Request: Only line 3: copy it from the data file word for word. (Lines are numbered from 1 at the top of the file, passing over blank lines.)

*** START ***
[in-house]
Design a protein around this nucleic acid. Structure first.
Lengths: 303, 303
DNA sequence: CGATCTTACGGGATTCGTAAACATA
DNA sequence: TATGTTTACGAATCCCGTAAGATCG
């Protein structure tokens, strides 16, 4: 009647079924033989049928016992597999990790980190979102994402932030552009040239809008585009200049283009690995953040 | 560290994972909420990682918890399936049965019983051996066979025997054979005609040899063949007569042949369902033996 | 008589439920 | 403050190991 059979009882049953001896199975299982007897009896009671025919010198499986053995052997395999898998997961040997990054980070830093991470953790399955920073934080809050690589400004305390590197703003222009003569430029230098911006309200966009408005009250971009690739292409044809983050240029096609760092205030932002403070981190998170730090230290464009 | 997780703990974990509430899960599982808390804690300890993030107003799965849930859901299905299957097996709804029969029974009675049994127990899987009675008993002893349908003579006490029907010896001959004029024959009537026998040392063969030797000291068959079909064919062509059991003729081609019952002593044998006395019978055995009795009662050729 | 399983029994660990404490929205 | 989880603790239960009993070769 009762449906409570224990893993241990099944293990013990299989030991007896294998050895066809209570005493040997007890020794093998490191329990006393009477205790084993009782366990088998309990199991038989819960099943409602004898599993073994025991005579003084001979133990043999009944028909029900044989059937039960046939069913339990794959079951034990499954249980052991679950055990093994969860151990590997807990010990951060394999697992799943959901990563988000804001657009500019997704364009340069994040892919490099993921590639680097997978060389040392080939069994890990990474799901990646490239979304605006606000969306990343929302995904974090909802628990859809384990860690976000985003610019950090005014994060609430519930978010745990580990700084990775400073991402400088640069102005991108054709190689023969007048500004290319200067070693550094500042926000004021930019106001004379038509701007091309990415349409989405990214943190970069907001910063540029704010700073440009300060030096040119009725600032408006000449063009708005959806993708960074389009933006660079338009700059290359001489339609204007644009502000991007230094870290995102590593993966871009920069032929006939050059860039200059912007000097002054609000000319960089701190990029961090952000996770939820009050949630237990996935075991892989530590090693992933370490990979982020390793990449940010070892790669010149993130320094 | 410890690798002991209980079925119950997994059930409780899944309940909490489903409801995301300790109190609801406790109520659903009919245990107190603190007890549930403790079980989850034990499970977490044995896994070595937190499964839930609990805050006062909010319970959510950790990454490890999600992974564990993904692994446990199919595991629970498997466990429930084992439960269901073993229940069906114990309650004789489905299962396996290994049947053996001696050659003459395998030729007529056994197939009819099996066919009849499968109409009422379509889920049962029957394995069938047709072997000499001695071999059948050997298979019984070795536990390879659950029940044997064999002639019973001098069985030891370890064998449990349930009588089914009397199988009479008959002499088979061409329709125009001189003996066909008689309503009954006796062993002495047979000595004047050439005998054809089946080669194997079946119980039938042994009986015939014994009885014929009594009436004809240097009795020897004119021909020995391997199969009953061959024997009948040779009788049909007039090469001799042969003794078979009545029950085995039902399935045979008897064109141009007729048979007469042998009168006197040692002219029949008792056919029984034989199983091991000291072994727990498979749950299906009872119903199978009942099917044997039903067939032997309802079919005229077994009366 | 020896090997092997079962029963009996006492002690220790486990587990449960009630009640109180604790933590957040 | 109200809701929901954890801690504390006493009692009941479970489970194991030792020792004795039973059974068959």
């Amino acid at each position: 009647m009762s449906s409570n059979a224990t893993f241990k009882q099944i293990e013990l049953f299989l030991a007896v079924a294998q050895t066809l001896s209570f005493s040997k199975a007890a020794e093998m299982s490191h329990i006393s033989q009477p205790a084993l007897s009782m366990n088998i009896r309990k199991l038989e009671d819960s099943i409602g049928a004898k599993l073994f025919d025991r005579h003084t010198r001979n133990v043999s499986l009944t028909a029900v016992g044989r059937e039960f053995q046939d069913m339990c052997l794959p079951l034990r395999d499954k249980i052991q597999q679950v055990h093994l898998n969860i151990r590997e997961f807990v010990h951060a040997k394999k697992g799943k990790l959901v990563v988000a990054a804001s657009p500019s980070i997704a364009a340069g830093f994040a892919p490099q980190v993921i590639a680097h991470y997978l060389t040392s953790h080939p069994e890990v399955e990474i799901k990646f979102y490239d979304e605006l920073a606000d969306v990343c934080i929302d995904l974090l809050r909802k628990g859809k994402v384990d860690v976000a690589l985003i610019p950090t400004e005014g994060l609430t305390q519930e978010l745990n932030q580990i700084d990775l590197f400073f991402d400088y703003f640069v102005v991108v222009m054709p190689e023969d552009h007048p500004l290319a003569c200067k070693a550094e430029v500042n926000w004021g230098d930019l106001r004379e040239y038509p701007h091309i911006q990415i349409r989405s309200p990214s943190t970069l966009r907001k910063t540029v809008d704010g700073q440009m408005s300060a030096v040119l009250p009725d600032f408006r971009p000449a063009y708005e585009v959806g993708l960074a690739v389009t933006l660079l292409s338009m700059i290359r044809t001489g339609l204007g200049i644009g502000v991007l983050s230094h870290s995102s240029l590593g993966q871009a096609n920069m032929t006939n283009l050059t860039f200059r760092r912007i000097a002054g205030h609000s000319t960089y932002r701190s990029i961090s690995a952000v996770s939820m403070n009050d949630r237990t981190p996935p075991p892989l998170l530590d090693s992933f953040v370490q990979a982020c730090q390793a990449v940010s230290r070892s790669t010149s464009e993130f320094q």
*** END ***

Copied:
Lengths: 303, 303